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What is pompholyx?

This is a skin condition that is marked by the presence of tiny blisters that are fluid-filled on the soles of your feet, palms of your hands, and your fingers. These small blisters are referred to as vesicles. It is also known as dyshidrotic eczema and Dyshidrosis of the hands and feet. Although anyone of any age can have pompholyx, it appears that people of age twenty to forty are most susceptible to developing this condition. Children are more prone to developing this condition. When children have pompholyx they usually outgrow it when they reach adolescence. It is a form of hand eczema that appears to affect women more than men. This skin condition is a common form of eczema.


The primary symptom of pompholyx is the formation of those small fluid-filled blisters on the soles of your feet, the palms of your hands, and your fingers. Usually you will see these tiny blisters on the sides of your toes and fingers. They develop first as small itchy bumps and then transform into blisters.

In acute or mild stages these blisters:

  • May not burst
  • May merge with one another
  • May go away without any further problems except with a small amount of peeling

In severe cases these blisters:

  • Break open and merge with other blisters
  • The skin that is affected may peel, crust over, crack, and harden
  • The tiny blisters are painful
  • Swell
  • Cause cracks in your nails

There may even be secondary infections with severe cases of pompholyx.


At first, researchers thought that excessive sweating caused pompholyx, but in later research, this was found not to be true. It is a skin condition that has unknown causes, but some things appear to trigger episodes of pompholyx. It has been linked to other forms of eczema.

Some of the triggers that are thought to cause pompholyx include:

  • A high level of stress
  • Scratching
  • Using certain detergents for washing clothes or dishes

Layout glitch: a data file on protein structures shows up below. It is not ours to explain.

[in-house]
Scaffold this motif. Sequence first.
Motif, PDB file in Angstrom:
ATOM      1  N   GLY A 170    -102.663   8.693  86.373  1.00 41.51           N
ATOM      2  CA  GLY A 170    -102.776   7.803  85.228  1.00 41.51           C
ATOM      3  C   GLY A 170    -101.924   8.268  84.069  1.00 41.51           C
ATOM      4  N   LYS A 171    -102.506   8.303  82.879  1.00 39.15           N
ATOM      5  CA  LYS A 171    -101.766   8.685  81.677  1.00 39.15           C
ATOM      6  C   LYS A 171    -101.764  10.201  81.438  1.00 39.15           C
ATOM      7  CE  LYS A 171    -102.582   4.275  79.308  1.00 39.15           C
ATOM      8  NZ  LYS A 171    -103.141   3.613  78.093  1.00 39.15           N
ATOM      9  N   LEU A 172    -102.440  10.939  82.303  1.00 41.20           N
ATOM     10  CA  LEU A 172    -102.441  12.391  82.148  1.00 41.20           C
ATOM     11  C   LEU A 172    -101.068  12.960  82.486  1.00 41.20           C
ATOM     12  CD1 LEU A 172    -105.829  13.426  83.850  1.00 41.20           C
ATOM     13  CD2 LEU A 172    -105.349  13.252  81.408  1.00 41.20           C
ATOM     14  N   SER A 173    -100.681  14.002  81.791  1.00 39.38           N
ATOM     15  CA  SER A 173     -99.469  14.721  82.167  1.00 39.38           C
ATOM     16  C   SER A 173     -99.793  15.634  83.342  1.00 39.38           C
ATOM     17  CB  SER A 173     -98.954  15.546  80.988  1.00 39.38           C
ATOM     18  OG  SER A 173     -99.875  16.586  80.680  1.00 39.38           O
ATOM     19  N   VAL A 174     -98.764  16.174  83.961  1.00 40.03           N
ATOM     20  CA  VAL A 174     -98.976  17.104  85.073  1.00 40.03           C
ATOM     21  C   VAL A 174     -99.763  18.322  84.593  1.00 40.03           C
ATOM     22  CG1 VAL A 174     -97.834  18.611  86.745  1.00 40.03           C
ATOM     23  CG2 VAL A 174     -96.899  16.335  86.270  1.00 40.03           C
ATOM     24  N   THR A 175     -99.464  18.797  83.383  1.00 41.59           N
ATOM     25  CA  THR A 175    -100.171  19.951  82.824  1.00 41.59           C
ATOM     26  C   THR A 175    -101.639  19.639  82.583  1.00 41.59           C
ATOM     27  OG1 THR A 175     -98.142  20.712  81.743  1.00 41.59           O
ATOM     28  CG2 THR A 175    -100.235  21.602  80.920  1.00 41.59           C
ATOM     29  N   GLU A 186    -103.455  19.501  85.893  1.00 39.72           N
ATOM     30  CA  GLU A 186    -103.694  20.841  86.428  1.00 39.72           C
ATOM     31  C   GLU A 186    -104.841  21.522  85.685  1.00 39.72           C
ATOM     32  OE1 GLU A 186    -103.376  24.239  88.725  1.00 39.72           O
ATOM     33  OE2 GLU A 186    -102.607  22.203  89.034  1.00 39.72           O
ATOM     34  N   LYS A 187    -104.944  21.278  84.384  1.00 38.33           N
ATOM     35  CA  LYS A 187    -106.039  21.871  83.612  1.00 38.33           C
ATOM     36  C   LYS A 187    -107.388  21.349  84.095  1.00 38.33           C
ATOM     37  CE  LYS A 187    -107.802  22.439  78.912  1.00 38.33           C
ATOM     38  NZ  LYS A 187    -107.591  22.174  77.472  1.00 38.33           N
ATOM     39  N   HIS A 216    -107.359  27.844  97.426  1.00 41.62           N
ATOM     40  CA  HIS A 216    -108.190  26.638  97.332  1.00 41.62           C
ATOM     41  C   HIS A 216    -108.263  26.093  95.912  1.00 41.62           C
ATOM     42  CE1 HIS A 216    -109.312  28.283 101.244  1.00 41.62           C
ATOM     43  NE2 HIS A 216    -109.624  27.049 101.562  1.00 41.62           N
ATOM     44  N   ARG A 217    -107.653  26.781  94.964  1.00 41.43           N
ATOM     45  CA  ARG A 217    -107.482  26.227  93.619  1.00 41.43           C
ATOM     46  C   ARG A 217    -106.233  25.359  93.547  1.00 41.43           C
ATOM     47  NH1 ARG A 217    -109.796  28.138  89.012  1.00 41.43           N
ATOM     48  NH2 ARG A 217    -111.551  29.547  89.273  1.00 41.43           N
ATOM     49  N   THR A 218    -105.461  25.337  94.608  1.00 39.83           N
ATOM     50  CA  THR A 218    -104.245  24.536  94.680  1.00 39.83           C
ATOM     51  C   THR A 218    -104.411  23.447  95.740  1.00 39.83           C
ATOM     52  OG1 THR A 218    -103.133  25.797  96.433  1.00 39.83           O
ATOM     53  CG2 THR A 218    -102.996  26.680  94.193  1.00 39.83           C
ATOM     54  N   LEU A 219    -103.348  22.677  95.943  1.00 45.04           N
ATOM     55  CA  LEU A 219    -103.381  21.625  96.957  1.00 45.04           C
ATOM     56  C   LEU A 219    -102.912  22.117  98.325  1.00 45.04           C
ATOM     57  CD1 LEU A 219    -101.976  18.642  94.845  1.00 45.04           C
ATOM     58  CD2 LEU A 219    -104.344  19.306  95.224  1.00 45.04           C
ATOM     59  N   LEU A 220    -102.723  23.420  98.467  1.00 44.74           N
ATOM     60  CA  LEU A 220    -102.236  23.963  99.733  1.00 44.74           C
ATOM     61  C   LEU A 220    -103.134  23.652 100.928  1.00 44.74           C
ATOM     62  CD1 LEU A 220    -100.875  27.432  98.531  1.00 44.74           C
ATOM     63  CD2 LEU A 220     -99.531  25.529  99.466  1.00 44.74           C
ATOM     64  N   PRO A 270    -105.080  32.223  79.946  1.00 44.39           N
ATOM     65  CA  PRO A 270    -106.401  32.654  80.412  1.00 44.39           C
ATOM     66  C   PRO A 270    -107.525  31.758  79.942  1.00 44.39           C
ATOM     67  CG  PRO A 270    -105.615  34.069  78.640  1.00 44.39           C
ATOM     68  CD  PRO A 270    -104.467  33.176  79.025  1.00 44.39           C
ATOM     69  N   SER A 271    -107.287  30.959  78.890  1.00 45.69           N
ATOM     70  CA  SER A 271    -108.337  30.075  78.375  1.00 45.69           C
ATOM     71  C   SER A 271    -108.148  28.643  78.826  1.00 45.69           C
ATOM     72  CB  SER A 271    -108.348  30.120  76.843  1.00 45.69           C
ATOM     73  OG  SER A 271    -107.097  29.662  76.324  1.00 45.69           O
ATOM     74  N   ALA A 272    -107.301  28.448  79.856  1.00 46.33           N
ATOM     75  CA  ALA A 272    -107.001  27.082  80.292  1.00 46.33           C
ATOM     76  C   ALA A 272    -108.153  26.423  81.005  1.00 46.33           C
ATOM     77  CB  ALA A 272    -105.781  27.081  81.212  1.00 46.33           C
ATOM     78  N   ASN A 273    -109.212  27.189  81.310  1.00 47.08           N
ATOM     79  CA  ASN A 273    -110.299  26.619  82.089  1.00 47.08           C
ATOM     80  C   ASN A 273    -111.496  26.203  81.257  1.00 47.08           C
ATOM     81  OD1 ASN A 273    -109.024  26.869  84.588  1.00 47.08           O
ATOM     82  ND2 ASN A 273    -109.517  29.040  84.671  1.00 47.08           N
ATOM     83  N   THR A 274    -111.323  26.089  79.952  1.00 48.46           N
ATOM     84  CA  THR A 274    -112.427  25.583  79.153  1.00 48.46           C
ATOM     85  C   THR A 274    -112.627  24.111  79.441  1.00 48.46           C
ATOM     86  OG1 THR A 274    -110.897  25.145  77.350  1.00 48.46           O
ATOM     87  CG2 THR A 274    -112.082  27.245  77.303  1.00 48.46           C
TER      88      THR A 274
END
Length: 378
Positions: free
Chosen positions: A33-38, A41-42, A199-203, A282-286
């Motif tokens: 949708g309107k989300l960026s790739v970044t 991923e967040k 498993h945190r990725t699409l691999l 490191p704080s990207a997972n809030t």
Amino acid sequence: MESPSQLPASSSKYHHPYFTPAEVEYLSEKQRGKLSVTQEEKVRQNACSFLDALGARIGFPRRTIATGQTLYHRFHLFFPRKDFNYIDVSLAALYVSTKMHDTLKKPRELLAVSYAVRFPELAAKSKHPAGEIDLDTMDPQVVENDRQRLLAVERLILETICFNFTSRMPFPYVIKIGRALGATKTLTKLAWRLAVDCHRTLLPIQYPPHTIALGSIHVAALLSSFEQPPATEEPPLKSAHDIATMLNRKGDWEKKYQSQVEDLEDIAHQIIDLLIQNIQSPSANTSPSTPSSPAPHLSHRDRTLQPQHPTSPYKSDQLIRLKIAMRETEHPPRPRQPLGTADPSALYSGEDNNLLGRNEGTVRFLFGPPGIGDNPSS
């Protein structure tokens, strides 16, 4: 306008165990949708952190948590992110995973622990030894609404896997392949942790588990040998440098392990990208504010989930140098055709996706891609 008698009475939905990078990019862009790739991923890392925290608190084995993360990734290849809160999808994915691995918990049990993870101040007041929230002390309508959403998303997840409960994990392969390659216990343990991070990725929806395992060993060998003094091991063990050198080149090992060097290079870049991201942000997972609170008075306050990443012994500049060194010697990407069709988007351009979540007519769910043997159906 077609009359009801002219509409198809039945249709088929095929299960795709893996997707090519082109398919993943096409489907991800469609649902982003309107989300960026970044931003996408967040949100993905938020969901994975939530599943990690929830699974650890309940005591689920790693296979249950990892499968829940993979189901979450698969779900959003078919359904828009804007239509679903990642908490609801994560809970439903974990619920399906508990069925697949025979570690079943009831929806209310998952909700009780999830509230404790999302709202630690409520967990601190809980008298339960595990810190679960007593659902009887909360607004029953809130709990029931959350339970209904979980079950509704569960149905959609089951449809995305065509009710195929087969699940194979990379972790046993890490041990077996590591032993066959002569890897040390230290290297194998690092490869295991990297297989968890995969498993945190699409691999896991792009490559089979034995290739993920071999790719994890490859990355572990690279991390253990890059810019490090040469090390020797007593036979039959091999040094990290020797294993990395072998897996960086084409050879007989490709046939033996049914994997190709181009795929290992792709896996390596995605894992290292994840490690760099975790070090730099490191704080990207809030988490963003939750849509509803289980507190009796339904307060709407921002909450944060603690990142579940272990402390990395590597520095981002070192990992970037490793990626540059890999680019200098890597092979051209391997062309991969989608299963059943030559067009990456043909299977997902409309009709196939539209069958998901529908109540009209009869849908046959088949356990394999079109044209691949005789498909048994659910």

• Infection at a distant site such as your scalp or feet
  • Having an allergic condition like allergic rhinitis or asthma
  • Fungal infections
  • Exposure to harsh sunlight
  • Exposure to certain chemicals
  • Chlorinated water
  • Allergies to certain foods like chocolate, cocoa, soy products
  • In some the consumption of carbonated drinks, tea, coffee
  • Dust mites
  • Having bowel problems like ulcerative colitis
  • Intestinal yeast infections

In some people with seasonal allergies they may see breakouts of pompholyx.


There is no instant cure for pompholyx, and there is no single treatment that will work. To treat pompholyx, the physician will use a combination of different methods for treatment based on the nature and severity of the case in each person. If it is an acute case of pompholyx, you can apply cold compresses to help soothe and dry the blisters up on your hands and feet. For the cold compresses your physician may have you use weaken solutions of aluminum acetate one percent, vinegar, potassium permanganate, etc. The compress will need to be applied three to four times each day for a total of ten to fifteen minutes each time. If you have dry eczema, you need not use cold compresses. You may also be given oral steroids. If the blisters become large, your physician may drain them with needles and give you a prescription for antibiotics if you develop a secondary infection. It is a skin condition that can reoccur.

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